I didn’t stop, he kept going, apparently until he got to his dad’s place. Why do things like that always happen. The kids can be naughty all day but the minute they are with others they are like angels.

Anyway I remembered my day yesterday, when I woke up at 2pm and realised I should be very thankful to myself for allowing me to catch up on some sleep, feel refreshed and excited to see the kiddies in a couple of hours. After all if I didn’t feel so good, I may just have no teeth left by tomorrow!

Parenting let alone special needs parenting can be hard. To be your best for your kiddies, it is important to look after yourself. The occasional sleep in til 2pm, or going for a walk, spending an hour away from the home or even just having a friend visit, are things you can do to let go of the bad days, frustration or worry and get back to feeling fresh and being the best you can for you are your family.


Have you ever felt guilty about doing something just for you? If so, share your story with me in the comments section below.



Is there a great divide happening amongst special needs parents?

I have a special needs child and I wouldn’t change it for the world


i have a special needs child and it’s hard work, If I could I would change it! 

I’ve been looking around on social media lately at blogs, interesting tweeters and pretty much anything that has to do with special needs, I have to say… I’m pretty shocked. I don’t know about you but I’ve noticed there seems to be a divide amongst us.

I mean a real, “I’m going to give you my opinion” divide! If the first statement above rings true to you, be aware of the carers in the second statement. They have a point to prove and it’s basically going to prove you are full of crap. How could you say you wouldn’t change your child’s special needs, if you actually had the power to? If you are the second statement type of person, don’t worry you’re not safe, the happy police are on their way!

In preparation for a potential comment war next time I posted on Facebook or Twitter, I decided to think about which statement rings true for me and why. There I was with my pen, and a piece of blank paper…..which is still blank today. I will tell you why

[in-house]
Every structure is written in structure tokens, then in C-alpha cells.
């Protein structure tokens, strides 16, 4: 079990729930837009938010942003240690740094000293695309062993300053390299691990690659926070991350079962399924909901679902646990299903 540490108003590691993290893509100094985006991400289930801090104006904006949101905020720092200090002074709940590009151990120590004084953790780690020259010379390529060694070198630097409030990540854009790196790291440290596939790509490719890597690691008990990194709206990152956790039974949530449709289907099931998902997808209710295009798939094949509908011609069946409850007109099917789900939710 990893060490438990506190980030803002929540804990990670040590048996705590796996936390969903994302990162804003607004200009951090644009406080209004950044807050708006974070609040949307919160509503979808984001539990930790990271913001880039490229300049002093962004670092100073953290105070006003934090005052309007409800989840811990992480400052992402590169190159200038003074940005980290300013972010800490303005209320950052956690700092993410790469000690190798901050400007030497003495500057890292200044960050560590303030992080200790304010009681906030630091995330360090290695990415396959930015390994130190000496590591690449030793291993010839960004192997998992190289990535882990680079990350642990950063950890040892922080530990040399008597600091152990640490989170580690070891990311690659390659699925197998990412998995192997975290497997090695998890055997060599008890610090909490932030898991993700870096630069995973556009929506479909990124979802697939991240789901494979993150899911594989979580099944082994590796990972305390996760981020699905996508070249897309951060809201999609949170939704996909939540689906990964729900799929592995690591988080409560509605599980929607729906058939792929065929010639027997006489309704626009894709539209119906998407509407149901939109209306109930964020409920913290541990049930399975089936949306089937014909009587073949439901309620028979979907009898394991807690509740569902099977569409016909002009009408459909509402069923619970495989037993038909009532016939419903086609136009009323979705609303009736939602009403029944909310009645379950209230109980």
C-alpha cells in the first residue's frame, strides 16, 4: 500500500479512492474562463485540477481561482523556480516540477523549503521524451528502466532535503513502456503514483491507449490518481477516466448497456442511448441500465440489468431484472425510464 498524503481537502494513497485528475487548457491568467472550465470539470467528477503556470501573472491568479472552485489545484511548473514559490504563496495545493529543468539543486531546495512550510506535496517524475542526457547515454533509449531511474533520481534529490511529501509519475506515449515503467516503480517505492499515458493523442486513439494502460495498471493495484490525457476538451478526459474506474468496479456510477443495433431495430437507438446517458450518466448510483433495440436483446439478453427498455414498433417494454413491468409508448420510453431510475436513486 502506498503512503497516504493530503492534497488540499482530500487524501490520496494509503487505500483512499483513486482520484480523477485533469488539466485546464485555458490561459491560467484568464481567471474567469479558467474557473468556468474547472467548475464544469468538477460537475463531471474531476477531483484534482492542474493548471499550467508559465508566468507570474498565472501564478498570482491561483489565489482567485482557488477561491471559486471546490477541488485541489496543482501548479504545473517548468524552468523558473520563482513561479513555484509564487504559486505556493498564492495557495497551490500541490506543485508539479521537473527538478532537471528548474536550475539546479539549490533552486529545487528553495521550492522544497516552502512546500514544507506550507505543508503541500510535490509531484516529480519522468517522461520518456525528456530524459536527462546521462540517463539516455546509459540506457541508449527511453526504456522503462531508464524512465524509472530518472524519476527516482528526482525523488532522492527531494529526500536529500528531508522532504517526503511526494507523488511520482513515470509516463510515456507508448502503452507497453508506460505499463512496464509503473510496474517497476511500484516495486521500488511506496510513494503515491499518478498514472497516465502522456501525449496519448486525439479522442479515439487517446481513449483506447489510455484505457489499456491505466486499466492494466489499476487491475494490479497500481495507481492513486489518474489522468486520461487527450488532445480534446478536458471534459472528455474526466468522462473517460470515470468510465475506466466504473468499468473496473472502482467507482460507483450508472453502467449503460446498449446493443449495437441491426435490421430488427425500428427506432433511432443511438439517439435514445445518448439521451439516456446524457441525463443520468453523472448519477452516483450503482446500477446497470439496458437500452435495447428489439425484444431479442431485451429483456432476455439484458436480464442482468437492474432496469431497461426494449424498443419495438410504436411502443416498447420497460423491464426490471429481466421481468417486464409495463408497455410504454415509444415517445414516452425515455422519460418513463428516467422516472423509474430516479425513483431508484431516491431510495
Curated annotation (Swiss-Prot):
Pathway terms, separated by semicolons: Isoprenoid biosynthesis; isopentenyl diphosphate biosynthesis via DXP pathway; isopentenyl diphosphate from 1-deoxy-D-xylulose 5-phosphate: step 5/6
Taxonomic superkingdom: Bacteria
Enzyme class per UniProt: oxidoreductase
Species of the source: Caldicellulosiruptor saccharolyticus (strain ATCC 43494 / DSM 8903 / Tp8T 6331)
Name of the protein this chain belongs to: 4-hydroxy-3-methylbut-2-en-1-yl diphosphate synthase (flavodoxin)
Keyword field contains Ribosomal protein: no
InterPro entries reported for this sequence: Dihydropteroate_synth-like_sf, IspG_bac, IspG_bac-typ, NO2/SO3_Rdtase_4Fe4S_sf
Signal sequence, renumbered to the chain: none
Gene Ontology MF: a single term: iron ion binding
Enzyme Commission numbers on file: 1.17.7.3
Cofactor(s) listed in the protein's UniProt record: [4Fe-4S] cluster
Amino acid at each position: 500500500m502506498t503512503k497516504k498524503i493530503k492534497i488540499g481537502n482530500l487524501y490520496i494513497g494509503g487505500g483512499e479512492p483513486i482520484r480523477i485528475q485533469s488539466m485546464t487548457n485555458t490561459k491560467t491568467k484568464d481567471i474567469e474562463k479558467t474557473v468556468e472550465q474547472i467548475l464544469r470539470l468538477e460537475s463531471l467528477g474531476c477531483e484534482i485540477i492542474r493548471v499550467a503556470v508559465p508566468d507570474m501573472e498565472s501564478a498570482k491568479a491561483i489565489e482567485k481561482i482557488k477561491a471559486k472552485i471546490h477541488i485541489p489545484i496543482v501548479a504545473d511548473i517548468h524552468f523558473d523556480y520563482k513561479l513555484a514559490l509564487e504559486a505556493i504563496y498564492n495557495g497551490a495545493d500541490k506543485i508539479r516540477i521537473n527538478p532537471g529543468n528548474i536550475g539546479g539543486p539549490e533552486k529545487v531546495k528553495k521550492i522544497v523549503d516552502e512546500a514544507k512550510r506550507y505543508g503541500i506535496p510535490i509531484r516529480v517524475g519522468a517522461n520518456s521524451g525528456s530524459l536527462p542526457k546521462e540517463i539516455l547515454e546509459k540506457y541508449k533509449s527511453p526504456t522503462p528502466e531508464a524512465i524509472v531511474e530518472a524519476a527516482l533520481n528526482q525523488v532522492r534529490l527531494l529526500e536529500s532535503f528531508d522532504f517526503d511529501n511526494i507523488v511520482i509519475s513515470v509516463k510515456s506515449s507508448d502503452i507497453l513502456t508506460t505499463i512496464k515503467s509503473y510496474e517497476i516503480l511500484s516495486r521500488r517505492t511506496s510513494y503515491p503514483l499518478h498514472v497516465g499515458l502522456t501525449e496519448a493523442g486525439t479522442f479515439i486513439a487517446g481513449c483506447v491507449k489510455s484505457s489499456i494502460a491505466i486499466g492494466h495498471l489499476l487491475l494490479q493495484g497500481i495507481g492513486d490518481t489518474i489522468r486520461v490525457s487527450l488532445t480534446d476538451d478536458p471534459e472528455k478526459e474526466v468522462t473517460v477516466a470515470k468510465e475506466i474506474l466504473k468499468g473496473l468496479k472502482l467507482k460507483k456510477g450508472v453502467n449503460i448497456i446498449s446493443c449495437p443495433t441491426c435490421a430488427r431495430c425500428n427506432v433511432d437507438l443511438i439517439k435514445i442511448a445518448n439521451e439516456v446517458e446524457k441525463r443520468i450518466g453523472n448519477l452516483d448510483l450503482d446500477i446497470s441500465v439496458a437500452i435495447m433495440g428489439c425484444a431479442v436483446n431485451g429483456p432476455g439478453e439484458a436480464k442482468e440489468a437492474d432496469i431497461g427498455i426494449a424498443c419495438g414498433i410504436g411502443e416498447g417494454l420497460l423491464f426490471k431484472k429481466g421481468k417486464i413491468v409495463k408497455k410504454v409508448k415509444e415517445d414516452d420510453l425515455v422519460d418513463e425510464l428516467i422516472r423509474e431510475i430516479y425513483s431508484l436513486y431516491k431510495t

I thought of 5 years ago. It was the year before Billy was to start school and I was on a mission to find the right school for Billy, the one that would skyrocket him into “mainstream”. Billy had just been diagnosed with Autism and although I welcomed the diagnosis as it gave me something to go off, I also struggled with some of the behaviours that came with it. Then early morning on a Monday in May, Billy became ill. So ill I took him to the Children’s Hospital to have him examined. He was showing gastro like symptoms but because he has hydrocephalus and a shunt I thought I should take him. We had never had an issue with his shunt so I wasn’t sure what to expect, however I was reassured by the Doctor after the scans were clear. Two days later I was back at the hospital. Thank goodness I made the decision to go back, because it was that day Billy’s heart stopped. As the Doctors shocked Billy back to life, everything I had been feeling about autism left me and I felt totally blessed.

Although I still feel lucky to have Billy with me, would I call it blessed? I mean we now know Billy will not show the regular symptoms of a blocked shunt. It won’t be detected from a CT scan, only by inserting a needle into his brain to measure the amount of fluid. I also have to keep in mind, a blocked shunt for Billy will be fatal if he is not receiving medical attention within approximately ninety minutes. Blessed pfft, it is torture!


So my blank piece of paper represents how I feel about having a child with special needs and complex medical issues. Here is my message to the divided parents, the parents struggling with the why me’s and the new parents who may feel totally overwhelmed.

Shit happens. This is life. No human being goes through life without feeling heartbroken, grief, fearful or angry, the list goes on. Yeah sure some of us may be handed a bit more shit than others (literally) but if you happen to be the one wiping the poo that is smeared all over the floor, remember you have a choice. You can be bitter and miserable or you can focus on the great things and be happy and loving.